Budget, take one | February 1, 2008 | Danville Express | DanvilleSanRamon.com |


Danville Express

Perspective - February 1, 2008

Budget, take one

Outrage was the school district's response to the California budget proposed by Gov. Schwarzenegger that would cut education by $4.3 billion in the 2008-09 school year. When the proposed budget was revealed, Superintendent Rob Kessler mailed a letter to parents Jan. 16, reporting the San Ramon Valley Unified School District had immediately implemented a spending freeze. The school board had been ready to approve a tentative agreement between the district and the teachers association at its meeting that night but received notice that the county Office of Education was returning its budget analysis since it did not reflect the governor's proposed cuts.

The school district's annual budget is $199 million, with 88 percent of this coming from the state. The new budget would mean cutting $3 million to $3.5 million in unrestricted revenues from the state plus another $1 million to $1.5 million received for mandated programs. This would mean no funds to pay typical annual increases, such as cost of living, health benefit costs, worker's comp and other premiums.

We have the distinction of being a "low wealth" school district in a "high wealth" community. Revenue limits were placed in 1972 based on pupil funding at that time and ours were set lower because this area was designated "rural." Compare the following revenue limits per student for 2000-2001:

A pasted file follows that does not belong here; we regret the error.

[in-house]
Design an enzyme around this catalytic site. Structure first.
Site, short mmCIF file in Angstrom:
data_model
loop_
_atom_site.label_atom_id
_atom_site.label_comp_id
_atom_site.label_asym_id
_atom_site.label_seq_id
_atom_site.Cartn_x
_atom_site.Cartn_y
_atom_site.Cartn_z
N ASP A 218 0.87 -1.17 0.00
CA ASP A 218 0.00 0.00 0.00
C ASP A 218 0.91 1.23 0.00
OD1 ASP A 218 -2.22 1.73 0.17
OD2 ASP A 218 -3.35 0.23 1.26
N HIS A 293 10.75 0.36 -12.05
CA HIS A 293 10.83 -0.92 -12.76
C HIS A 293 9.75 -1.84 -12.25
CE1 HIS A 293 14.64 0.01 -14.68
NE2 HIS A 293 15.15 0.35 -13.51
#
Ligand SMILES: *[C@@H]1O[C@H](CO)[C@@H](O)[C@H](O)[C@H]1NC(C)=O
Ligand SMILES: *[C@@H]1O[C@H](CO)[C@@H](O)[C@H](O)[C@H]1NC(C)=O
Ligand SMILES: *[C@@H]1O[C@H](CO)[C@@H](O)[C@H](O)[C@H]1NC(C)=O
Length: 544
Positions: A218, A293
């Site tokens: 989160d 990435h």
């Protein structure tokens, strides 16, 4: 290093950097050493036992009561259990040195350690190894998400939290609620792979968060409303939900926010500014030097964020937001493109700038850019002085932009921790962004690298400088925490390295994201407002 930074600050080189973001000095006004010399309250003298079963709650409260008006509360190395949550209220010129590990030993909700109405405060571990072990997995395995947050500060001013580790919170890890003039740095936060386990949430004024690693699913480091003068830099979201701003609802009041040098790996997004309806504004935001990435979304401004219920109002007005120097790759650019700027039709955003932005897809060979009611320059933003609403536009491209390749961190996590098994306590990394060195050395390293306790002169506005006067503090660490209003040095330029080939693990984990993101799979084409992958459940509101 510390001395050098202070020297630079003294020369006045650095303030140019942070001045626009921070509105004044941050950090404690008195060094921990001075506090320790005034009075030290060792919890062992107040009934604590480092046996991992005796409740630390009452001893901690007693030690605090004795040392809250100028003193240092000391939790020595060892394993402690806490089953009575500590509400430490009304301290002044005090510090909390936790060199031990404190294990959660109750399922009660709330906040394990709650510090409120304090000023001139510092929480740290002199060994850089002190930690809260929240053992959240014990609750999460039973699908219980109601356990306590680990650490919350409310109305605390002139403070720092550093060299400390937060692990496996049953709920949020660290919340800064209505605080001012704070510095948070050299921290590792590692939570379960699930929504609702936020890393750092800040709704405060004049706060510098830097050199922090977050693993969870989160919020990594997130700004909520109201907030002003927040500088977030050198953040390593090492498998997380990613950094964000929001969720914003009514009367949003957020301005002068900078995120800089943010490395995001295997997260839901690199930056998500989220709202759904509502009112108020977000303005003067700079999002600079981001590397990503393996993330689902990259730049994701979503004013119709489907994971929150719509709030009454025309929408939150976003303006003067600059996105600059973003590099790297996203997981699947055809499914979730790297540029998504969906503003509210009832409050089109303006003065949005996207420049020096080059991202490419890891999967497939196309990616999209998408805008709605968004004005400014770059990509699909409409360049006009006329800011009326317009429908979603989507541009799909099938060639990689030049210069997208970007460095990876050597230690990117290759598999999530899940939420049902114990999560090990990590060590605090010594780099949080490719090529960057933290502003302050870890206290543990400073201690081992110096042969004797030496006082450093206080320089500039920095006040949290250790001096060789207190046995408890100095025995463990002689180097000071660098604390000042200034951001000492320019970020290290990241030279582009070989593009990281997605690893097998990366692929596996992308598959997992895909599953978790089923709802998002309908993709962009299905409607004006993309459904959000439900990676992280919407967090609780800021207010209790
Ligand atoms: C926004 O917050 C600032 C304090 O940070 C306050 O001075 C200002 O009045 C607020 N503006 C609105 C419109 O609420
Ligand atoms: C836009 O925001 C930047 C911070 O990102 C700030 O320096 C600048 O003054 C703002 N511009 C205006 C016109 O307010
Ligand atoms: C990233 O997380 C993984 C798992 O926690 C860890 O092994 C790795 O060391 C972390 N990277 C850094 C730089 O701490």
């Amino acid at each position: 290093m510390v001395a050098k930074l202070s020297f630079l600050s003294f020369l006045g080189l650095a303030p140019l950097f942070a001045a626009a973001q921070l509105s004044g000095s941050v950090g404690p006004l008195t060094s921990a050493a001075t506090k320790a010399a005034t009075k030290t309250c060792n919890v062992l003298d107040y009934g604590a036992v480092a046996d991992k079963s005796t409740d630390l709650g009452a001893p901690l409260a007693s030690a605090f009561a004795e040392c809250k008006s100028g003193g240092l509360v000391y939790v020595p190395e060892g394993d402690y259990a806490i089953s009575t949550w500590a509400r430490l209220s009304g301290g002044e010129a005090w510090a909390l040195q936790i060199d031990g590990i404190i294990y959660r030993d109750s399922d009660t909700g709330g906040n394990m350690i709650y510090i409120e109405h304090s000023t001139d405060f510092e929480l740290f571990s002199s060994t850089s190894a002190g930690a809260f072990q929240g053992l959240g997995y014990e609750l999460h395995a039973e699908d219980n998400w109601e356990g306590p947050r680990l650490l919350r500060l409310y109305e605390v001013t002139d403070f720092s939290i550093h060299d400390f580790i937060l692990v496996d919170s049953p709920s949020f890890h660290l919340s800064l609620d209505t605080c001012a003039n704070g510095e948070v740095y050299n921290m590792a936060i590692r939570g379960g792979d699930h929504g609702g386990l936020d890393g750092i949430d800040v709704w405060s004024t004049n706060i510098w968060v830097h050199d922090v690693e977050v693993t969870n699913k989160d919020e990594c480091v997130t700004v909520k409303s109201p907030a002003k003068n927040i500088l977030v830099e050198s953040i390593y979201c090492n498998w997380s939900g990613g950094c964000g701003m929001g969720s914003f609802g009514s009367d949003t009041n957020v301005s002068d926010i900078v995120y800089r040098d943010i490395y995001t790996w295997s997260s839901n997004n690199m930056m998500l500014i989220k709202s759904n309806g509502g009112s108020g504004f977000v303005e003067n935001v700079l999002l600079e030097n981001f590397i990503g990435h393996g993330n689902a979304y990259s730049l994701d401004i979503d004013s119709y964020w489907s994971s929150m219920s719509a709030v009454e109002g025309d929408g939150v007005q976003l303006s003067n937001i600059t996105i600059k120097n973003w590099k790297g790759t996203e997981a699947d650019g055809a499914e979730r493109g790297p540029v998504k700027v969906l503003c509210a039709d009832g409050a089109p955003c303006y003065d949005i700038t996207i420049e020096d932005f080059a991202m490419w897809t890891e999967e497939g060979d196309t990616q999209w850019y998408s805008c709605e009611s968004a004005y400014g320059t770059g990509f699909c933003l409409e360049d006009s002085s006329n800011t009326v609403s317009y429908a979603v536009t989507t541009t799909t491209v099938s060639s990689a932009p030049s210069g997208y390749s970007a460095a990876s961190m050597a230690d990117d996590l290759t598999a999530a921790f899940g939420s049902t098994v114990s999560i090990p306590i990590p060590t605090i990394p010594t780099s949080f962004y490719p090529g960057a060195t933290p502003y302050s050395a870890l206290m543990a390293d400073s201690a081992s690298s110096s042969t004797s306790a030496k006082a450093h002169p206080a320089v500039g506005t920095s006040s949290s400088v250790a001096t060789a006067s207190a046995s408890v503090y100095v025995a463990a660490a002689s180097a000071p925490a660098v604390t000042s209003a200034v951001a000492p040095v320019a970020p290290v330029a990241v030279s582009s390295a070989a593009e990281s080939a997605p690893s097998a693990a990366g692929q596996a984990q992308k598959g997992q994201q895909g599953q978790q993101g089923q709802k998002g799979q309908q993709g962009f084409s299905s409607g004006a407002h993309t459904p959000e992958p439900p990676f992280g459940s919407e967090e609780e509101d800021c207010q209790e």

San Ramon Valley: $4,650

Dublin: $5,704

Pleasanton: $5,392

Mt. Diablo: $4,679

State average: $4,753

(Updated figures, received after press time, are:

San Ramon Valley: $5,770

Dublin: $6,679

Pleasanton: $6,367

State average: $5,821)

The district, local businesses and nonprofit groups have done a wonderful job partnering to provide a quality education befitting the expectations of the families and residents. Our school district was already dealing with the growth in Dougherty Valley and facing the challenges of finding a new superintendent, with Kessler leaving at the end of this school year; now it also must cope with the proposed budget cuts.

With the spending freeze, the district is analyzing each and every expense for possible changes and reductions. Kessler has called for a grassroots effort to demand that the Legislation not suspend Proposition 98, which was updated in 1996 to guarantee minimum school funding. We must make our voices heard so the final budget will be kinder to education.


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